The campaign for open access is complicated. How does one balance the costs of copy editing, marketing, printing, and other expenses of quality publishing with the fact that publicly funded research should be available to the public at little to no cost?
This is a topic Holly Brewer, University of Maryland Burke Chair of American Cultural and Intellectual History, Associate Professor of History, and Co-Chair of the Publishing, Access and Contract Terms (UMD PACT) working group, has become passionate about over the past decade. Costs to access academic publications have skyrocketed even as the internet offers people greater access to other, often dubiously sourced, information.
Brewer believes it’s crucial that scholars contribute their expertise to public debates and that everyone needs better access to the sources that underlie that expertise, whether they are scientific databases or letters and laws from centuries ago.
“People need to be able to access both scholarly articles and the data behind those articles and make their own judgments. Scholars need to stop assuming that people will believe them ‘because they are professors’ or indeed that people even have access to their work merely because they’ve published it. Instead, they need to help not only peers and students but members of the public discover and evaluate it. Say ‘Here’s the evidence: see it for yourselves.’” says Brewer.
Slavery, Law, and Power: Open access to sources
Brewer’s data project, Slavery, Law and Power (SLP), embodies many of these ideas. SLP makes accessible disparate sources to explain the long history of slavery and its connection to struggles over power in early America, particularly in the colonies that would become the United States. SLP traces the rise of the slave trade back to the early English empire alongside parallel struggles between monarchical power and early democratic institutions and ideals.
The project provides access to crucial sources from the past that allow readers to examine the same information scholars do and make their own assessments. It also encourages other scholars to share their research. Brewer began the SLP project because she understood that many of the primary sources and documents that expose debates and struggles over slavery and power—manuscripts like the Barbados Slave Code and John Locke’s plan to revise Virginia’s Constitution in 1698—are buried in archives, difficult to read due to old handwriting, and scattered across geographically remote institutions. If scanned copies of documents are available, they are often hidden behind paywalls. Without access to the many and varied primary sources, it is much harder to see how the structures of power connect.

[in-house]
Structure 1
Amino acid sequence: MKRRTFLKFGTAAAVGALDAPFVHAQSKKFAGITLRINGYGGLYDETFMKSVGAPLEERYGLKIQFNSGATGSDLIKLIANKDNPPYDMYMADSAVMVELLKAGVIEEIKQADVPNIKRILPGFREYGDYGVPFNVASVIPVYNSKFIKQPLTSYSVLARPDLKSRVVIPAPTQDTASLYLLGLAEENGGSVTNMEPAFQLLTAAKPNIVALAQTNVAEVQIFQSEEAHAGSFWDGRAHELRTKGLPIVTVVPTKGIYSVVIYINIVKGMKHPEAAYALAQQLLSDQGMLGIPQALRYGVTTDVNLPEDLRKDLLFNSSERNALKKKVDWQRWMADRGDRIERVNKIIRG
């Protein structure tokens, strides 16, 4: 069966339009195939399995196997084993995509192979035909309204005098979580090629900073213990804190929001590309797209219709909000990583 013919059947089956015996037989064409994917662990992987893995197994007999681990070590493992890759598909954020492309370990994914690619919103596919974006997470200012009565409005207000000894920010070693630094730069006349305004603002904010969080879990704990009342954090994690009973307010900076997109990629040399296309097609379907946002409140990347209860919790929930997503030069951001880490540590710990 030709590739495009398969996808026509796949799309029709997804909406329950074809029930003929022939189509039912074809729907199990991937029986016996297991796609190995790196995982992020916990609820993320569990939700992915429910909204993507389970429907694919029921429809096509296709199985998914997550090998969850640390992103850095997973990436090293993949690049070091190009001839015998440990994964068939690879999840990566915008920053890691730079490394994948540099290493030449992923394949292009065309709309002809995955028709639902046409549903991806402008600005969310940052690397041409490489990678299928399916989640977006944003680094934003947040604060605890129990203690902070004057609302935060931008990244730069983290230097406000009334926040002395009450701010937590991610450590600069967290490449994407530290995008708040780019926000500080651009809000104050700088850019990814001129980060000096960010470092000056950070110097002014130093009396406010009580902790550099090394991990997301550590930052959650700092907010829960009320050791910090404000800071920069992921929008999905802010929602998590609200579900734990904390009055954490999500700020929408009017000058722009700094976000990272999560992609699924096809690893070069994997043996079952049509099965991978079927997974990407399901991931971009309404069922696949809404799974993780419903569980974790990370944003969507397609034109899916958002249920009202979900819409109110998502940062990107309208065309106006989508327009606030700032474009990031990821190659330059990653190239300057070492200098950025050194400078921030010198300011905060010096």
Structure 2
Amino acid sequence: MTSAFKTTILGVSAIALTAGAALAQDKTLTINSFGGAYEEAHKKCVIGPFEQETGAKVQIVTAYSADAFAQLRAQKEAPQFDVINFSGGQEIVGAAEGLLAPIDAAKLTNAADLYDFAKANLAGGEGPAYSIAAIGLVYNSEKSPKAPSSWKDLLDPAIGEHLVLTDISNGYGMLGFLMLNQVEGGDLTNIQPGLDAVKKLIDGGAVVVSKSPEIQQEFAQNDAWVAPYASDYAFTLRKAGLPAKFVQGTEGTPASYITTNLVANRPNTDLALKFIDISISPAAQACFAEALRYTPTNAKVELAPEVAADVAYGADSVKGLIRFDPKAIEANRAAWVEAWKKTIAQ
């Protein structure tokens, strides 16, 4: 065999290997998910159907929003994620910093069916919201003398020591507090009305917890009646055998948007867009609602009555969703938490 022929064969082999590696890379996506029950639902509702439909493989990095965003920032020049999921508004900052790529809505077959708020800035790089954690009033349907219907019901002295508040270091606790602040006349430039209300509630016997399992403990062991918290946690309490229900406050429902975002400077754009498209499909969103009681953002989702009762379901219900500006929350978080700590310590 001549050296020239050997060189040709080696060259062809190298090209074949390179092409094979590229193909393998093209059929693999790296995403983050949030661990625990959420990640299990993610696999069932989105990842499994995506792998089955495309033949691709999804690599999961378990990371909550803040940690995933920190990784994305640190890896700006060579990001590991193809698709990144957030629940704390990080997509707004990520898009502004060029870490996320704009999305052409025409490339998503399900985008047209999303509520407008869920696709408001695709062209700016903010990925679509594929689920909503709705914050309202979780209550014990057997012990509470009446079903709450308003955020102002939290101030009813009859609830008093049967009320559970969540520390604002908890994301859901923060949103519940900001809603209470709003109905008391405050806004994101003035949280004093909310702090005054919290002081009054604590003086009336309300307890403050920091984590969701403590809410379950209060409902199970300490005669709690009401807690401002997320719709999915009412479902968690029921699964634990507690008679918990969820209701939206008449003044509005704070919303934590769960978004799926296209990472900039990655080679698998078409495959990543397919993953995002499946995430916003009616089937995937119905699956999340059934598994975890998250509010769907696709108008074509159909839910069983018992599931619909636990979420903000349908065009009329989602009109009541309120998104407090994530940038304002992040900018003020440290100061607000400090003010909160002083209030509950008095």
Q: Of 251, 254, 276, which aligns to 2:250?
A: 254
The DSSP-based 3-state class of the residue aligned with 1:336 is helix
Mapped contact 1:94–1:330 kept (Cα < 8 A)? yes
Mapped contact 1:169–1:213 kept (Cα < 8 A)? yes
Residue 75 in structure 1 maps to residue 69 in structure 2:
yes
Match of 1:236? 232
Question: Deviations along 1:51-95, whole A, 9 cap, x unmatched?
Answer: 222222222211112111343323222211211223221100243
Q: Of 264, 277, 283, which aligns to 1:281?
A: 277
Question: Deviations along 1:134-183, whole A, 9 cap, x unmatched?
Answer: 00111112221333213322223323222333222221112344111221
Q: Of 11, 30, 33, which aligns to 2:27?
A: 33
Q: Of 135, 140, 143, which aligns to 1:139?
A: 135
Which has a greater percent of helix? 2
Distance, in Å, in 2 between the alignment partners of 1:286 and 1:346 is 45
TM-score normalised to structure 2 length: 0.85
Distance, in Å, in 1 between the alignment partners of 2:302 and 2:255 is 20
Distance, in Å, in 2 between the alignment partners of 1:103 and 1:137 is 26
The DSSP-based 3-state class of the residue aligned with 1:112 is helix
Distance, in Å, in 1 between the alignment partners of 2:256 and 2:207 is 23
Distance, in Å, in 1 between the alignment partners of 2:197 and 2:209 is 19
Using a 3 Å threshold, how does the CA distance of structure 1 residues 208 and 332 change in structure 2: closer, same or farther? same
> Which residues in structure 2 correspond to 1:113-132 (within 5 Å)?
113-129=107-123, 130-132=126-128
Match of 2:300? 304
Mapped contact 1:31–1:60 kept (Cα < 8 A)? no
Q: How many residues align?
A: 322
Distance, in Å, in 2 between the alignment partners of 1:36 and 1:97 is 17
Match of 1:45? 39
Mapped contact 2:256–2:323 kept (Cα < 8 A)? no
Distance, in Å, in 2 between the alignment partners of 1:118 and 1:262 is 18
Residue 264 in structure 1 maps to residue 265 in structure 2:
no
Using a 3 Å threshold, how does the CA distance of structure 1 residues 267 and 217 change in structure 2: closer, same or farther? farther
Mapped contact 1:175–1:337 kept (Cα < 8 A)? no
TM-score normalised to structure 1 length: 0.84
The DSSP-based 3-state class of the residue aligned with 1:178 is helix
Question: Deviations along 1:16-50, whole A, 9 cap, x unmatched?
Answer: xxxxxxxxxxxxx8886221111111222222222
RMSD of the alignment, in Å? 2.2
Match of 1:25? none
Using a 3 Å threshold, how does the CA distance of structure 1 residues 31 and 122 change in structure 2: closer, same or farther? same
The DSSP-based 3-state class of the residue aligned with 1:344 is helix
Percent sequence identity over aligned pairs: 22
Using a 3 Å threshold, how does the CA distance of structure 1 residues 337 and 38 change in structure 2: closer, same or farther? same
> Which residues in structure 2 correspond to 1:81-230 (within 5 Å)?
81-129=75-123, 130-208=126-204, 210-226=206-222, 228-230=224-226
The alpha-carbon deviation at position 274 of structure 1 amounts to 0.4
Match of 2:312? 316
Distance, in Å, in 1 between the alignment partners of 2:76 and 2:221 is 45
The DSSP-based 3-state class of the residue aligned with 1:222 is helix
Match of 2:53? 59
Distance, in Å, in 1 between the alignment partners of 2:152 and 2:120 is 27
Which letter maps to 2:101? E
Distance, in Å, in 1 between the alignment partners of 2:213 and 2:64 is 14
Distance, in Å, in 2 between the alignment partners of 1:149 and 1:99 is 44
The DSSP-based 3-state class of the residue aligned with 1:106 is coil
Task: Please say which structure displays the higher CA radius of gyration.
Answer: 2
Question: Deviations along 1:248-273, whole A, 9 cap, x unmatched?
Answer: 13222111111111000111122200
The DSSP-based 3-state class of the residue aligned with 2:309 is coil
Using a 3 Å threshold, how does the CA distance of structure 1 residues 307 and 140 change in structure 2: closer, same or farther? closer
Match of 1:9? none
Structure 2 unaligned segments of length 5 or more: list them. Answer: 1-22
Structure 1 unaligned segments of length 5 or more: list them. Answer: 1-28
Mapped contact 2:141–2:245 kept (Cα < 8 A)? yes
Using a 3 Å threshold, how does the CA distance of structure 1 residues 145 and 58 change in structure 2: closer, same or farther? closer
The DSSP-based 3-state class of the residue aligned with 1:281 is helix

Siloing research leads to misinformation
In creating access to these documents, Brewer works to combat the spread of misinformation—a problem partially caused by the siloing of academic research and scholarly wisdom.
“It’s actually a bit frightening. Just at the point when careful analysis is crucial on a whole range of issues, the general public cannot even read the work that most scholars produce,” said Brewer. “If we hide our work behind paywalls, people won’t find it, let alone read it. And if they can’t find it and can’t read it, they won’t believe it.” She adds, “It’s also a problem because especially at public universities like UMD, our scholarship is funded partly by the public. It should be accessible.”
This siloing causes academic scholarship to be devalued at a time when it is critical that the general public has access to accurate information. Important decisions— information on climate change, how public policies might contribute to (or undermine) the welfare of marginalized groups, or understanding the role, purpose and impact of court decisions—depend on access to accurate information. Inaccessible scholarly work only exacerbates the spread of misinformation.
Helping her colleagues understand the costs
Brewer hopes her championing of open access and producing quality, widely available scholarship will help break down access barriers. So far, UMD PACT has mainly focused on negotiating better deals with major publishers and providing free access to almost-final versions of scholarly articles of UMD faculty. Brewer, through PACT, is excited to push to increase awareness about open and cheaper access for scholarly publications. She hopes to encourage colleagues to leverage their positions on journal editorial boards and as researchers to discourage for-profit publishers from price-gouging and to negotiate partial or full open access for important scholarship. She plans to extend its work to issues surrounding open-access to data and sources, issues, as is clear from her Slavery, Law and Power project, that are close to her heart.
Read Brewer’s recent academic articles:
Slavery, Sovereignty, and ‘Inheritable Blood: Reconsidering John Locke and the Origins of American Slavery
Creating a Common Law of Slavery for England and its New World Empire
Photo credit: John T. Consoli/University of Maryland